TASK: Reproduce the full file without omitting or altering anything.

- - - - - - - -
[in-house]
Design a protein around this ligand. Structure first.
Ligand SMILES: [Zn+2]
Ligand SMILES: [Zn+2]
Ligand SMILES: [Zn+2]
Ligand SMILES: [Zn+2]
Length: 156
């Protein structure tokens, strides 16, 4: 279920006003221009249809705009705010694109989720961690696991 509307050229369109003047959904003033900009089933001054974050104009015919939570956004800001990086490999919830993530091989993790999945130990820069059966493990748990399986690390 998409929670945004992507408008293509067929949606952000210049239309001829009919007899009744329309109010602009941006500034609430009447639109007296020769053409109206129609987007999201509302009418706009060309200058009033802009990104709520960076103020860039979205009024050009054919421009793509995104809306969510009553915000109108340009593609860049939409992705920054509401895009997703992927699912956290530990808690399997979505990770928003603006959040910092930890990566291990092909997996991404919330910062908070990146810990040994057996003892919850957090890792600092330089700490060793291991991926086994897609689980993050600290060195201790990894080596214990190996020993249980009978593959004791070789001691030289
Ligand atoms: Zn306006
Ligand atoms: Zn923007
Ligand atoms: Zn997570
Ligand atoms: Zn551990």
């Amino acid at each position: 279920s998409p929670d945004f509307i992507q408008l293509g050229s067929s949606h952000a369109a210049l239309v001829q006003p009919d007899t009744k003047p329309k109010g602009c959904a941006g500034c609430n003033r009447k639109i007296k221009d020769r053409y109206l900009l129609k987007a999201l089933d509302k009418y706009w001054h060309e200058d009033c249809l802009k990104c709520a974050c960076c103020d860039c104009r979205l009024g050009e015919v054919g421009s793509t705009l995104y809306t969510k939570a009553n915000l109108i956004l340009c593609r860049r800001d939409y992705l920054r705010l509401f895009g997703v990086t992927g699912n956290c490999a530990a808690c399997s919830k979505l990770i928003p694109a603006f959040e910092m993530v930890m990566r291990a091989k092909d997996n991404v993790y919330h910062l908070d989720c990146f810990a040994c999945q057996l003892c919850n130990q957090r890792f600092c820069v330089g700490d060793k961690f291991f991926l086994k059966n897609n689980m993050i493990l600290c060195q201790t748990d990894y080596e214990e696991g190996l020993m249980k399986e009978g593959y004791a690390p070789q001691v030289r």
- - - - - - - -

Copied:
[in-house]
Design a protein around this ligand. Structure first.
Ligand SMILES: [Zn+2]
Ligand SMILES: [Zn+2]
Ligand SMILES: [Zn+2]
Ligand SMILES: [Zn+2]
Length: 156
């Protein structure tokens, strides 16, 4: 279920006003221009249809705009705010694109989720961690696991 509307050229369109003047959904003033900009089933001054974050104009015919939570956004800001990086490999919830993530091989993790999945130990820069059966493990748990399986690390 998409929670945004992507408008293509067929949606952000210049239309001829009919007899009744329309109010602009941006500034609430009447639109007296020769053409109206129609987007999201509302009418706009060309200058009033802009990104709520960076103020860039979205009024050009054919421009793509995104809306969510009553915000109108340009593609860049939409992705920054509401895009997703992927699912956290530990808690399997979505990770928003603006959040910092930890990566291990092909997996991404919330910062908070990146810990040994057996003892919850957090890792600092330089700490060793291991991926086994897609689980993050600290060195201790990894080596214990190996020993249980009978593959004791070789001691030289
Ligand atoms: Zn306006
Ligand atoms: Zn923007
Ligand atoms: Zn997570
Ligand atoms: Zn551990």
């Amino acid at each position: 279920s998409p929670d945004f509307i992507q408008l293509g050229s067929s949606h952000a369109a210049l239309v001829q006003p009919d007899t009744k003047p329309k109010g602009c959904a941006g500034c609430n003033r009447k639109i007296k221009d020769r053409y109206l900009l129609k987007a999201l089933d509302k009418y706009w001054h060309e200058d009033c249809l802009k990104c709520a974050c960076c103020d860039c104009r979205l009024g050009e015919v054919g421009s793509t705009l995104y809306t969510k939570a009553n915000l109108i956004l340009c593609r860049r800001d939409y992705l920054r705010l509401f895009g997703v990086t992927g699912n956290c490999a530990a808690c399997s919830k979505l990770i928003p694109a603006f959040e910092m993530v930890m990566r291990a091989k092909d997996n991404v993790y919330h910062l908070d989720c990146f810990a040994c999945q057996l003892c919850n130990q957090r890792f600092c820069v330089g700490d060793k961690f291991f991926l086994k059966n897609n689980m993050i493990l600290c060195q201790t748990d990894y080596e214990e696991g190996l020993m249980k399986e009978g593959y004791a690390p070789q001691v030289r």